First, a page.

Can a Normal Guy Assemble a Weber Spirit Grill is Less than an Hour?

Can a Normal Guy Assemble a Weber Spirit Grill is Less than an Hour?

I’m not going to lie. Assembling this Weber Spirit Gas grill may have been the highlight of my day. As much as I have complained about needing to assemble modular furniture or small appliances over the years, the nine-year-old LEGO lover in me still welcomes a good challenge. The older I get and the more secure our finances become, the less likely I am to be standing over an IKEA box with an Allen wrench in one hand and a beer in the other. Our former gill was nearly 10 years old and it was time for a new rig. We looked around a bit, but actually ended up buying this Weber Spirit grill on Amazon with free shipping for $100 off the retail price. Weber was the only choice for Angie, which is a testament to how much brand equity can factor into a purchase. The heavy box had been sitting in our garage for a couple of days and it was time to put this thing together before the weekend. I hadn’t looked at the instructions or even opened the box, but I felt that I could be grilling brats in an hour or less. Once I opened the box and scanned the instruction book, I was happy to see that there were only a couple of tools required and a total of 26 steps (just over two minutes per step to meet my goal). It took about eight minutes to completely unbox the grill before I was on to step one. Besides my mistakes of initially putting one of the locking wheels on the back of...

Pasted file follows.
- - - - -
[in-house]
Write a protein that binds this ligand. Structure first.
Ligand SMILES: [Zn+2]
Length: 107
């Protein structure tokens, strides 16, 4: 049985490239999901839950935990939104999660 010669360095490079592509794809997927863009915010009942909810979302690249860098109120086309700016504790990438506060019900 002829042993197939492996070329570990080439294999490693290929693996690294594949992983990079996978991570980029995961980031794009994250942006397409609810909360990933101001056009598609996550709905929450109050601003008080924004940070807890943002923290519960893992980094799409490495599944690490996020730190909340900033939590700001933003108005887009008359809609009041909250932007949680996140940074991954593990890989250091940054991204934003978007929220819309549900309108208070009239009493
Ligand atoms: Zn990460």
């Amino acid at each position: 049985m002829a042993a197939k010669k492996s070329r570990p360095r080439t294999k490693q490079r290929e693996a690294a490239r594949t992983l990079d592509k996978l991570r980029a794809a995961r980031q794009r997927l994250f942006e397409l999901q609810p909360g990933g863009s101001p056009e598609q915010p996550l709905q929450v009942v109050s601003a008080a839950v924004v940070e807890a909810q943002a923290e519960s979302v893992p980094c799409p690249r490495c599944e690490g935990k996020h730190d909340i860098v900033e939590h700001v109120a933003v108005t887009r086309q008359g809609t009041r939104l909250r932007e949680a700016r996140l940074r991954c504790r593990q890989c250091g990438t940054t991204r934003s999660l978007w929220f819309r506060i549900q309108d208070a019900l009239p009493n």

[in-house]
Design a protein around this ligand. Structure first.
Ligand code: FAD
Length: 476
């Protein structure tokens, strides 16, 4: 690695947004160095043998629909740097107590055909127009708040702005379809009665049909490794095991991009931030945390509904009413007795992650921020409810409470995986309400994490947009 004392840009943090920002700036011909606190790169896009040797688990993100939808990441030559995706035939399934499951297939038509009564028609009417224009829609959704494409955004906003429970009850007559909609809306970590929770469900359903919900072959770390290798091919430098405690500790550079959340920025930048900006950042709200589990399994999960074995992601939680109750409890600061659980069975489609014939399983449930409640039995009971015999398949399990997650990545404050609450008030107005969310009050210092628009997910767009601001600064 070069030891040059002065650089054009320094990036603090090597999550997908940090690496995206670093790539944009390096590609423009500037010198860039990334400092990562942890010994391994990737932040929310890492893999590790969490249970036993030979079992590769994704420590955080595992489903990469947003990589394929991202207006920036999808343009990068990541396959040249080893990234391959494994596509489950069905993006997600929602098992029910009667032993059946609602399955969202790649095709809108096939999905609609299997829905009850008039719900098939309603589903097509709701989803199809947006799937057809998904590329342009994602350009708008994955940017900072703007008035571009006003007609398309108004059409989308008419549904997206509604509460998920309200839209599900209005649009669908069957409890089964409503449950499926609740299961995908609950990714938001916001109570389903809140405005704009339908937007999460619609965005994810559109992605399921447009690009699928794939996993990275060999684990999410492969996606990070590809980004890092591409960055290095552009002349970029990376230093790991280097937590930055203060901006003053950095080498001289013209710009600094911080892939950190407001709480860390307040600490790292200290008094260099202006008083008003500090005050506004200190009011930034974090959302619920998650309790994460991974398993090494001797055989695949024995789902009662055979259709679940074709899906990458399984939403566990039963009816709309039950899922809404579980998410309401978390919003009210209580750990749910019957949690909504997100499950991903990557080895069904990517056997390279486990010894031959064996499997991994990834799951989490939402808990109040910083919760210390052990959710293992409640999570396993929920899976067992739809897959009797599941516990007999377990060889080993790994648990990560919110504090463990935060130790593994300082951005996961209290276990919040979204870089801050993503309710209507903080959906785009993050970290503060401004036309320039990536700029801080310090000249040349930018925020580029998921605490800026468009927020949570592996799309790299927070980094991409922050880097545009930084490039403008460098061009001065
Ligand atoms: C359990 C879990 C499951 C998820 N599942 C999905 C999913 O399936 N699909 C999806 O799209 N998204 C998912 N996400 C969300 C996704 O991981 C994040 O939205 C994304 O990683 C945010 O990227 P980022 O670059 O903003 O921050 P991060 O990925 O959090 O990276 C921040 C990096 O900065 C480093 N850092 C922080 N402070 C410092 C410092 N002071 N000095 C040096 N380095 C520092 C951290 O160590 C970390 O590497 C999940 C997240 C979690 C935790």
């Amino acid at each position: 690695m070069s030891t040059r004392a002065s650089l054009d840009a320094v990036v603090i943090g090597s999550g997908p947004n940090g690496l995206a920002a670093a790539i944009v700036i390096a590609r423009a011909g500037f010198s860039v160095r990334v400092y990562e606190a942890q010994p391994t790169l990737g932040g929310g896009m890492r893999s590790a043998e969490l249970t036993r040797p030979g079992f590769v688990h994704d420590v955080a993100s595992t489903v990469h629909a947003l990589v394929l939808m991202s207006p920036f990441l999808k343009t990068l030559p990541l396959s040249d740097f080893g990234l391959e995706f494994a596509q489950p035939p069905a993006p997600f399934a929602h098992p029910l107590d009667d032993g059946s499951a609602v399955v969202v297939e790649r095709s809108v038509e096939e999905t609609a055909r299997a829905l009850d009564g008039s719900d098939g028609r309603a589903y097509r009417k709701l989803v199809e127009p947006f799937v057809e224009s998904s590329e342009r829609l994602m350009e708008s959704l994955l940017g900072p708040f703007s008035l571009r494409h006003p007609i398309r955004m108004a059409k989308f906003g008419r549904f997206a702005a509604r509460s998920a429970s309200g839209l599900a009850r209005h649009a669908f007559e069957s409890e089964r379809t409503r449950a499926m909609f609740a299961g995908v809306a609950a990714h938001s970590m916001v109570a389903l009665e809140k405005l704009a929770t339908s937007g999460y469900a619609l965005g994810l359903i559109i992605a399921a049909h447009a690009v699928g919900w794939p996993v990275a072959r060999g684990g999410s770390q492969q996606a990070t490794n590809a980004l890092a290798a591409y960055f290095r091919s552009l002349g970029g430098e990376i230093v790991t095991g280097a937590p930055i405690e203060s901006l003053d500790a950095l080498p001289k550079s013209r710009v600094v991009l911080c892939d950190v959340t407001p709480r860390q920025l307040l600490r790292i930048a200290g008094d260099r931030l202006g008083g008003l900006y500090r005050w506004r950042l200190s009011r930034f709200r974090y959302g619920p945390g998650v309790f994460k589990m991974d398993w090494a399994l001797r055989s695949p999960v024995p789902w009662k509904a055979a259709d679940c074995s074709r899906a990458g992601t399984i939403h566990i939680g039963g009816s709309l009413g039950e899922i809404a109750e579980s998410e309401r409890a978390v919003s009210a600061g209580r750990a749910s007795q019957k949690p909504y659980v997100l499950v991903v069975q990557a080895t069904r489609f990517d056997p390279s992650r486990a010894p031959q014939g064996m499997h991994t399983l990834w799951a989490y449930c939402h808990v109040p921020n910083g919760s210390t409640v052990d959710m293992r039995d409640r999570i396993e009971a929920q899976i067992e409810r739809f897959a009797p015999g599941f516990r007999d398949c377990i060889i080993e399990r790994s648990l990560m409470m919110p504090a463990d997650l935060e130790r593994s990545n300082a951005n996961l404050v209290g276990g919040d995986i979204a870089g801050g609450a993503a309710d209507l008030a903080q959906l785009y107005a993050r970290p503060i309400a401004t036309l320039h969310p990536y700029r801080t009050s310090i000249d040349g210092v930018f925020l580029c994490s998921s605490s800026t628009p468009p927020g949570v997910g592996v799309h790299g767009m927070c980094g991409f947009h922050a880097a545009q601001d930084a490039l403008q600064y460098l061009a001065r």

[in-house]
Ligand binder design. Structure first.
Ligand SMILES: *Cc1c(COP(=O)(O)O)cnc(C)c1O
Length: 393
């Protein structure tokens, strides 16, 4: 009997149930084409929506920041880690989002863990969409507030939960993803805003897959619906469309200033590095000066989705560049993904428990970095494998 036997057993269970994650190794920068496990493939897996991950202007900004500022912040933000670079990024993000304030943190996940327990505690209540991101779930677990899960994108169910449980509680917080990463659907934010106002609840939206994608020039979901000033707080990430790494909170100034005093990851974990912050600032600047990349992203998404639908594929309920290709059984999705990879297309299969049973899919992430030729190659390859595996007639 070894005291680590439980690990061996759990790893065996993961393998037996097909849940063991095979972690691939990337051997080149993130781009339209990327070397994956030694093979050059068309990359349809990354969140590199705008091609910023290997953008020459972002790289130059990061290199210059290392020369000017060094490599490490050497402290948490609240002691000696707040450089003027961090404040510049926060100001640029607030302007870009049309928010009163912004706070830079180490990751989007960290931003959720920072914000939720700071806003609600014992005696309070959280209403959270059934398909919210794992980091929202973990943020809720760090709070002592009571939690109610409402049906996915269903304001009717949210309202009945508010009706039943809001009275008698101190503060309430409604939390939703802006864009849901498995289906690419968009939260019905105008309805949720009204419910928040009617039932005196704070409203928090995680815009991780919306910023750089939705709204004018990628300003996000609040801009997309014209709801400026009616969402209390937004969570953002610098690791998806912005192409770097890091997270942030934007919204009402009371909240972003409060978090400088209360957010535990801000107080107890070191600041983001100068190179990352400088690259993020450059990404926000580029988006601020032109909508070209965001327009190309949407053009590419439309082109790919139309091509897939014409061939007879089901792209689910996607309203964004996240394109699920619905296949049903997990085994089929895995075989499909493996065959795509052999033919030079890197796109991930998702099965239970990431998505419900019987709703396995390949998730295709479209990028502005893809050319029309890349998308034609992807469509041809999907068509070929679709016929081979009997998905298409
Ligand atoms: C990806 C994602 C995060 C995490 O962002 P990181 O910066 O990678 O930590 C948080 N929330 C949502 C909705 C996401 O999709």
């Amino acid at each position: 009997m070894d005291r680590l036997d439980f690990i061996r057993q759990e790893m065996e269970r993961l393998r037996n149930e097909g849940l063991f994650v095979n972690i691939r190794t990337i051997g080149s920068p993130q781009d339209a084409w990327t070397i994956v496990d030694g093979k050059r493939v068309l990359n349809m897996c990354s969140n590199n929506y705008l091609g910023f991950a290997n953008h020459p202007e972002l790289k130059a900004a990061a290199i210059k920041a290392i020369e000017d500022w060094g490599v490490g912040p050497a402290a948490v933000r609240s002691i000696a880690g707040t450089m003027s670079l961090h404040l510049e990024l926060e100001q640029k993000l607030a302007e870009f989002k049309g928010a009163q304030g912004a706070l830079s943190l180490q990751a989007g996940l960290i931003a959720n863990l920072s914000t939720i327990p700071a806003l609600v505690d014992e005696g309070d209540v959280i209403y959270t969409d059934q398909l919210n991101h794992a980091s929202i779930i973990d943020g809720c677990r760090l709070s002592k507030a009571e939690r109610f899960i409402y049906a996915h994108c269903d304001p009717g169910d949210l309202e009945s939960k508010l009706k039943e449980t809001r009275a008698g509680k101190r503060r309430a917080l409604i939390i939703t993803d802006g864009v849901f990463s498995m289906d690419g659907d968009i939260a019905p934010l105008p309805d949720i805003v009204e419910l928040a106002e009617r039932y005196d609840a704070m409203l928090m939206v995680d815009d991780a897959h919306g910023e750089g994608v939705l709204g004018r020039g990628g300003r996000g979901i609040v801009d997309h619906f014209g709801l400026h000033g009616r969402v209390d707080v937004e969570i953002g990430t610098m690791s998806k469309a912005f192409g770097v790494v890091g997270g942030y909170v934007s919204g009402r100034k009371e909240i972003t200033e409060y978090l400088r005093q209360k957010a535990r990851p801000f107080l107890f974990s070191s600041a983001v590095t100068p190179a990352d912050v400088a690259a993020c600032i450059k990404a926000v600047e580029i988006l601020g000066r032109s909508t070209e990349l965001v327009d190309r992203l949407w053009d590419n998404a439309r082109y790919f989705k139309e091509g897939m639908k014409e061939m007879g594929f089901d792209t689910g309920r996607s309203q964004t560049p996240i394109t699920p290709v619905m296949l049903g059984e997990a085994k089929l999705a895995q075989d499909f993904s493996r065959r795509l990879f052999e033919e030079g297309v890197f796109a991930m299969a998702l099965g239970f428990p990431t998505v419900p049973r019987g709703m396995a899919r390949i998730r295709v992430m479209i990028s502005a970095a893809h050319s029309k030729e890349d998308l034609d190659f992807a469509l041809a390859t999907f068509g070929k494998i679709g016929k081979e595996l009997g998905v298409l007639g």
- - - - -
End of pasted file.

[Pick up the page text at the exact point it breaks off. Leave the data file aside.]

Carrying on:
What to Consider if You are Marketing a Service Rather Than a Good?

What to Consider if You are Marketing a Service Rather Than a Good?

According to the US Census Bureau, in 2013 revenues grew in each of the 11 service sectors in the United States. It’s no surprise that we live in a very service-based economy. Since we are more likely to work for, work with, or own a service organization than ever before, how does marketing a service differ from marketing a good? Whether I am working on marketing tactics for my own service-based photography business (Prenzlow Photography), consulting with a service owner, or teaching students about marketing services, I have always started with the discussion of the Four “I’s” of Service Marketing. Intangibility—can’t touch it. Inconsistency—can’t do it the same every time. Inseparability—can’t separate it from the provider. Inventory—can’t hold onto it. Every marketing strategy for a service should begin with these differences. However, the tactics used to better manage these differences can vary widely. Branding: In this era of media clutter and short attention spans, branding is more important than ever for every organization. However, it is even more crucial for intangible services. How can a service share its story and develop a connection with consumers? Tactics may include everything from logo design, to social media content, to a charismatic spokesperson. Since consumers make most decisions emotionally, a service provider needs to continuously consider how to transform its intangible offerings into feelings and memories that consumers can connect with. Pricing: Why is a $100 haircut better than a $10 haircut? Objectively it may be no different at all, but perceptually it sure is. Properly pricing services should not only increase the tangibility through perceptual value creation, but also manage the idle service capacity that arises from the inability to hold...